And they probably had a point. Towards the end of the 20th century it looked like more people had access to education, food basics, running water and electricity than ever before. And technological advances soon meant that we now live in a world where almost everyone has a cellphone – a device we carry around in our pockets that has more computing power than the computers that sent Neil Armstrong and his buddies to the moon.
So are millennials getting a bad rap? I mean, it feels as if all the generations hate them, or should I say us? (I am very much on the cusp.) Hell, even millennials hate other millennials.
WATCH:5 things millenials have ruined
The thing is though, more and more evidence would suggest that the baby boomers, and even the Gen Xers had it better than millennials. Cheat Sheet did a story about a study that compared cost analysis over four generations and the data is clear: millennials have to deal with a growth in cost that was unheard of in previous generations.
Entry salaries, and even salaries for those with experience can just not keep up with the ever rising costs of tuition, housing and food.
According to The Guardian there are now more people in their 20s living at home than in the 50s and home ownership among young people is at an all-time low.
Avo toast is not gonna pay off any mortgage, fam
So while young people across the world are earning less than their parents did – The Daily Mail reports that millennials earn 20% less than baby boomers did at the same stage of life - and property prices are skyrocketing year on year, it’s really annoying when a property tycoon reckons we could all buy houses if we just lay off eating avo toast.
Yep, an Australian millionaire and property tycoon reckoned that if the younger generation (he is 35) just stopped eating avo toast and buying expensive coffee they would be able to buy their own houses.
So we did the math. A smashed avocado on toast and 4 cappuccinos from Vida e Caffe works out at R137. So if I saved instead of spent R150 (because I’m allowing for a tip) five days a week (because I'm an entitled millennial that buys breakfast every day of the week) FOR A YEAR – remember, this includes four fancy cappuccinos every work day - I would have saved R39 000.
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That’s a lot of money right?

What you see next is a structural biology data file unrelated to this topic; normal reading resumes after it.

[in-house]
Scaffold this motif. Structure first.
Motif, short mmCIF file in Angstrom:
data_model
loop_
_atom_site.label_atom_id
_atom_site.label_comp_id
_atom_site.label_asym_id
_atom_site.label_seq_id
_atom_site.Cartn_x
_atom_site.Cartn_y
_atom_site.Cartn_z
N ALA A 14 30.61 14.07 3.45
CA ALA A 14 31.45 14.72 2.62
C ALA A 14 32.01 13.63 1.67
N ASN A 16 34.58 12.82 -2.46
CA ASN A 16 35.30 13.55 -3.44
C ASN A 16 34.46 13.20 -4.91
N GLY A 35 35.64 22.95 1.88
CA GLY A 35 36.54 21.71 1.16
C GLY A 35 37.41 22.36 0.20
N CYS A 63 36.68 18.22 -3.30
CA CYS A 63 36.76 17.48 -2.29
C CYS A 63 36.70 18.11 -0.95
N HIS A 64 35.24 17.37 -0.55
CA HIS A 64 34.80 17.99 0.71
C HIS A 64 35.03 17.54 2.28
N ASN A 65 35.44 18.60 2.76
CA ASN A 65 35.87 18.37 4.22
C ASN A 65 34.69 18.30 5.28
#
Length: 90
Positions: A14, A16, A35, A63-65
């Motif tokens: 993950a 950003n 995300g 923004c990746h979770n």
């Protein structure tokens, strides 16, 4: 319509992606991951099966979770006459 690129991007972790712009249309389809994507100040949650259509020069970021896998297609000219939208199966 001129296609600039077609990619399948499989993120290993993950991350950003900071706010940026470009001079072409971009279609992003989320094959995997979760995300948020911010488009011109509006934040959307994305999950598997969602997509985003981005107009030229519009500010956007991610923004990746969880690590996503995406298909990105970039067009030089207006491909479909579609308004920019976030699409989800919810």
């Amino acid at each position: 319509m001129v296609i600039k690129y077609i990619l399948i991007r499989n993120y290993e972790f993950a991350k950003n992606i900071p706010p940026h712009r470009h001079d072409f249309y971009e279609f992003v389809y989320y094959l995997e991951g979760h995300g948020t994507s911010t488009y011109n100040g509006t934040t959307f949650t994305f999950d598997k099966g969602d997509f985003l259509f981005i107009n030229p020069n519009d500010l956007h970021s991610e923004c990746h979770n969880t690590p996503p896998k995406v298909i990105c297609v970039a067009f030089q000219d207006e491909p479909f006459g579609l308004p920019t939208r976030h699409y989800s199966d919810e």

Only, try as I might, I can’t find a house on Property24 in Cape Town’s City Bowl for under R2.9 million.
So if you take into account the registration costs (on R1 million it’s about R17 000, so let’s be conservative and say it’ll be R40 000 on nearly R3 million) that’s my money gone already. Oops.
And what about the bond costs that consists of attorney costs to register the bond in your name? Those are about the same as the registration costs, so I am looking at minus R41 000 now. So there goes another year’s worth of saving 5 avo toasts and 20 cups of coffee per week.
But wait, I haven’t paid the once-off bond registration fee to the bank which is going to grant me a bond. This will be calculated by the bank, but I’m pretty sure that will be at least another 6 months of avo toast and coffee deprivation.
Still fine, ne?
BECAUSE I HAVEN’T PAID A CENT OF THE R290 000 DEPOSIT REQUIRED BY THE BANK IN ORDER TO GET A LOAN IN THE FIRST PLACE.
That’s going to take me another 7.4 years to save in daily luxury breakfasts and enough coffees to give me an ulcer.
This all adds up to about 10 years of never buying coffee or breakfast. Doable right?
Only thing is, in ten years, what are the chances of a house in the CBD still costing R2.9 million?
So sozzles Mr Property Tycoon. Because it looks like cutting back on the odd avo toastie and cappuccino is not really going to make a difference in my home buying dreams.
And at least avocado is good for the skin.
Disclaimer: Lili Radloff is very much in favour of realistic strategies when it comes to property finance and is keen to hear ideas on how millennials can reach this goal.